The global burden of neurological, neuropsychiatric, substance-use and neurodevelopmental disorders in low- and middle-income countries is worsened, not only by the lack of targeted research funding, but also by the lack of relevant in-country research capacity. Such capacity, from the individual to the national level, is necessary to address the problems within a local context. As for many health issues in these countries, the ability to address this burden requires development of research infrastructure and a trained cadre of clinicians and scientists who can ask the right questions, and conduct, manage, apply and disseminate research for practice and policy. This Review describes some of the evolving issues, knowledge and programmes focused on building research capacity in low- and middle-income countries in general and for brain and nervous system disorders in particular.
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Despite the current global burden of neurological, mental health (neuropsychiatric), developmental and substance use (NMDS) disorders, which is projected to increase, there is a lack of well-trained clinicians and scientists who focus on brain and nervous system disorders research in low- and middle-income countries (LMICs)1, 2, 3, 4, 5, 6 (see page S151). This workforce deficiency limits advances in research that can lead to new and improved interventions for those who are living with brain and nervous-system disorders. Notably, there are 200 times more neurologists per capita, and up to 160 times more psychiatrists per capita, in high-income countries than there are in LMICs7, 8. Brain disorders involve central nervous system (CNS) functioning, making things even more challenging. Key symptoms may involve both internalizing and externalizing behaviour. Internalizing behaviour may be stigmatized and externalizing behaviour may be negatively stereotyped; both may be difficult to treat and associated with poor prognosis. The stigma associated with NMDS disorders applies to both the patients and the clinician researchers who treat them, creating an additional barrier to building and sustaining research capacity.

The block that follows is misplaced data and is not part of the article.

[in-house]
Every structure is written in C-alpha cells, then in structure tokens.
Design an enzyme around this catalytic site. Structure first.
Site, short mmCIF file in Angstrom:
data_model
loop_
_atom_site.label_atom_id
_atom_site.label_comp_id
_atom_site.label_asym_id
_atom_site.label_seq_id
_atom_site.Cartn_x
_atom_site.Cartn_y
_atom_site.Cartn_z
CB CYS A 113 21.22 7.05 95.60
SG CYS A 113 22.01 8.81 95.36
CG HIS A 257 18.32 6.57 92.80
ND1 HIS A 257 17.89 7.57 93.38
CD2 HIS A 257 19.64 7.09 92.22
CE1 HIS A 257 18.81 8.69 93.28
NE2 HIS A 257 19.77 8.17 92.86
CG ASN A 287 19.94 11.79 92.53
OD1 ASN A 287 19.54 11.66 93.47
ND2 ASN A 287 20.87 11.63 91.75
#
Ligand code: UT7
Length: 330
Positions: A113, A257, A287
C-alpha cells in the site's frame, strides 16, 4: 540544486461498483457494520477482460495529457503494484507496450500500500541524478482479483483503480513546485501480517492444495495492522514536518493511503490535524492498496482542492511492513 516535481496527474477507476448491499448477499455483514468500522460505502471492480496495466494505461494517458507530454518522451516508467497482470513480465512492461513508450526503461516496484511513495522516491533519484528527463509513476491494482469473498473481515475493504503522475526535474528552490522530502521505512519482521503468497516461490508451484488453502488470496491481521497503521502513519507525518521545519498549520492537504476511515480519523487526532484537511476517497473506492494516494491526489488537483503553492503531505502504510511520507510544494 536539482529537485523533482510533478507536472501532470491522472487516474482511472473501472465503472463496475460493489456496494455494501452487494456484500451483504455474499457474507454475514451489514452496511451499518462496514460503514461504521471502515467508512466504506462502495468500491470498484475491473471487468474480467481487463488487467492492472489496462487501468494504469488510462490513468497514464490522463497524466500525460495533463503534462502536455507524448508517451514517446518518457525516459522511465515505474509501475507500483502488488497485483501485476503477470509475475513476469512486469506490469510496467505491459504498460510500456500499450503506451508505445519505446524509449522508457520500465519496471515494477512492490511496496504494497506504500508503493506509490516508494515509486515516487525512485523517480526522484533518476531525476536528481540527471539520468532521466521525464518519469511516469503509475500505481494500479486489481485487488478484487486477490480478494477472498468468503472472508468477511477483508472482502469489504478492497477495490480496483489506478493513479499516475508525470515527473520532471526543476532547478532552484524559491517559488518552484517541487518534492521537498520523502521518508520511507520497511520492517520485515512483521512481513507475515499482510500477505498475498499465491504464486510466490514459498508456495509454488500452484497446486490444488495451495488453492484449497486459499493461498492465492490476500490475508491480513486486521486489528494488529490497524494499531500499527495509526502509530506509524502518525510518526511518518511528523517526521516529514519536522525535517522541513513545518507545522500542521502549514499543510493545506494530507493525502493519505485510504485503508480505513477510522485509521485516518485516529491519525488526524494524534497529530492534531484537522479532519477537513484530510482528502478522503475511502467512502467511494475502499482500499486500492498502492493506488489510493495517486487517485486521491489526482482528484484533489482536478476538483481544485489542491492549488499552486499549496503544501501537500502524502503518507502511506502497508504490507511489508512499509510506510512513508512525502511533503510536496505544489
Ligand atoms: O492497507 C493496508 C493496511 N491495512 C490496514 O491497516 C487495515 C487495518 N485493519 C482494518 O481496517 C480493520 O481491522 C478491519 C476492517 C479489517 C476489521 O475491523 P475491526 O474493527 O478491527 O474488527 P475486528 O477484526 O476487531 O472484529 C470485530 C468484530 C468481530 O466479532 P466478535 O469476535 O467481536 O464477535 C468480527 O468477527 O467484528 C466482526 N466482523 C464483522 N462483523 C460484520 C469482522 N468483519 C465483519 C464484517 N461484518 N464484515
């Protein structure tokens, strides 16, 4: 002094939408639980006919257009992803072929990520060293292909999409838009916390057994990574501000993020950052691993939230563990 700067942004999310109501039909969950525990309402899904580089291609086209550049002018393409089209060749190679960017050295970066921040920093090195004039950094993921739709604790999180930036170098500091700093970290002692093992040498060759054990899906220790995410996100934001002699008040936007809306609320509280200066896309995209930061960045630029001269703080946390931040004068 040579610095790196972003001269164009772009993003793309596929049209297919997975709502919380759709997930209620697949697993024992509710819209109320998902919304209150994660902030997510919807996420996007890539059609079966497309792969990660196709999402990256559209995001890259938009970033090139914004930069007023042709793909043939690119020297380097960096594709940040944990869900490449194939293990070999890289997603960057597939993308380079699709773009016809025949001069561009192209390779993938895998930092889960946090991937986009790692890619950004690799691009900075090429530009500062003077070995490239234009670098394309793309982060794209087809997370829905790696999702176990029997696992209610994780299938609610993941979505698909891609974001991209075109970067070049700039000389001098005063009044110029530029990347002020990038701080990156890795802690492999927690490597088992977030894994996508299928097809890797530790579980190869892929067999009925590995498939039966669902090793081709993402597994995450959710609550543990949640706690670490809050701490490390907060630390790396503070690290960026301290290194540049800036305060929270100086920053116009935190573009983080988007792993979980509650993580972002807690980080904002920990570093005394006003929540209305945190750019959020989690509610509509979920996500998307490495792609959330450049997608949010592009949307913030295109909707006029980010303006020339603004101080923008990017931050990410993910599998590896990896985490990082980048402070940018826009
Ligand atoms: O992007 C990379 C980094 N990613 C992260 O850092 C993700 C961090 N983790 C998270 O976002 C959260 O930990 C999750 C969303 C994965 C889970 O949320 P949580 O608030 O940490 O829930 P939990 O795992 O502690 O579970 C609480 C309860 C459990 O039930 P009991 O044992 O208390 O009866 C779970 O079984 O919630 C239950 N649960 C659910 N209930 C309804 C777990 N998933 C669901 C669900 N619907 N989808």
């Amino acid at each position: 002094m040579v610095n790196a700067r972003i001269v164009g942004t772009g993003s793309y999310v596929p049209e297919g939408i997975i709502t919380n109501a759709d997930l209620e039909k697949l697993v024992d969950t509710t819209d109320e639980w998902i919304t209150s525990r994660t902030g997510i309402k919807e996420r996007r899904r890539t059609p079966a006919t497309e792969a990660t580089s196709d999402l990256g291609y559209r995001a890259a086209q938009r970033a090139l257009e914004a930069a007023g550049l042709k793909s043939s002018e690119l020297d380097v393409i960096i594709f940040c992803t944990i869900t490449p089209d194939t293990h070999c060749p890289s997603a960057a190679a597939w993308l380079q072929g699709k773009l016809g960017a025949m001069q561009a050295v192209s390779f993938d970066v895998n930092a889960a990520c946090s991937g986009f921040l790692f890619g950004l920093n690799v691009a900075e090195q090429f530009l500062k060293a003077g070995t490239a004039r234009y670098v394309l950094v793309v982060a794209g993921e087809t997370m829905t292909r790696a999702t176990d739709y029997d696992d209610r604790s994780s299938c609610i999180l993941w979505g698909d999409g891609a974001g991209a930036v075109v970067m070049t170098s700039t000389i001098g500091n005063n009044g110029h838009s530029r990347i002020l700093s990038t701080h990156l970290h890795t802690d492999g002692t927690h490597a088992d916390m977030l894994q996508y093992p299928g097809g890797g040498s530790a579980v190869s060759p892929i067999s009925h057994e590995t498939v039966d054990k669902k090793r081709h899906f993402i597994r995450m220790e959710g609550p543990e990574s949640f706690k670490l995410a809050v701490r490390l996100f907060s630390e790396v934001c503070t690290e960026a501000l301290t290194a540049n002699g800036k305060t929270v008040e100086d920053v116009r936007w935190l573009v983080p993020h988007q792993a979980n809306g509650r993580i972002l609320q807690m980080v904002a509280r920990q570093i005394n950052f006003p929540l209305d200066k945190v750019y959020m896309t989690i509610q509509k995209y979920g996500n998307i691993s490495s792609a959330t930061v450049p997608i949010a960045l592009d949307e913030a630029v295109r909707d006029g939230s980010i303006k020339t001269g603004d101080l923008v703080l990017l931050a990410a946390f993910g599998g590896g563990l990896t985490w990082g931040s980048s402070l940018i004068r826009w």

Thus, for health research in LMICs there is an urgent need to build new, and strengthen existing, individual, institutional and country-wide research capabilities. This Review identifies certain key characteristics of capacity building, and the challenges and lessons learned based on the literature9, 10 and our own experience.
Building and strengthening research capacity
Research capacity building is a systematic, purposeful and goal-oriented effort to strengthen human resources and infrastructure to enable local scientists and institutions to become independent and responsive to existing and emerging health needs and threats9, 10, 11, 12, 13. To be sustainable and effective (and to address research-training sustainability concerns) a framework must be created so that research capacity is strengthened and woven together at the individual, institutional and national levels. To create research opportunity and a career pipeline, there needs to be a simultaneous focus on frameworks, goals and opportunities. Embedding research into health systems requires a process that involves competent scientists and a supportive environment that enables research communities to flourish as they use new research tools that contribute to improving the health of the population12. This iterative process allows research to be responsive to population needs, and policies and practices to be responsive to research findings.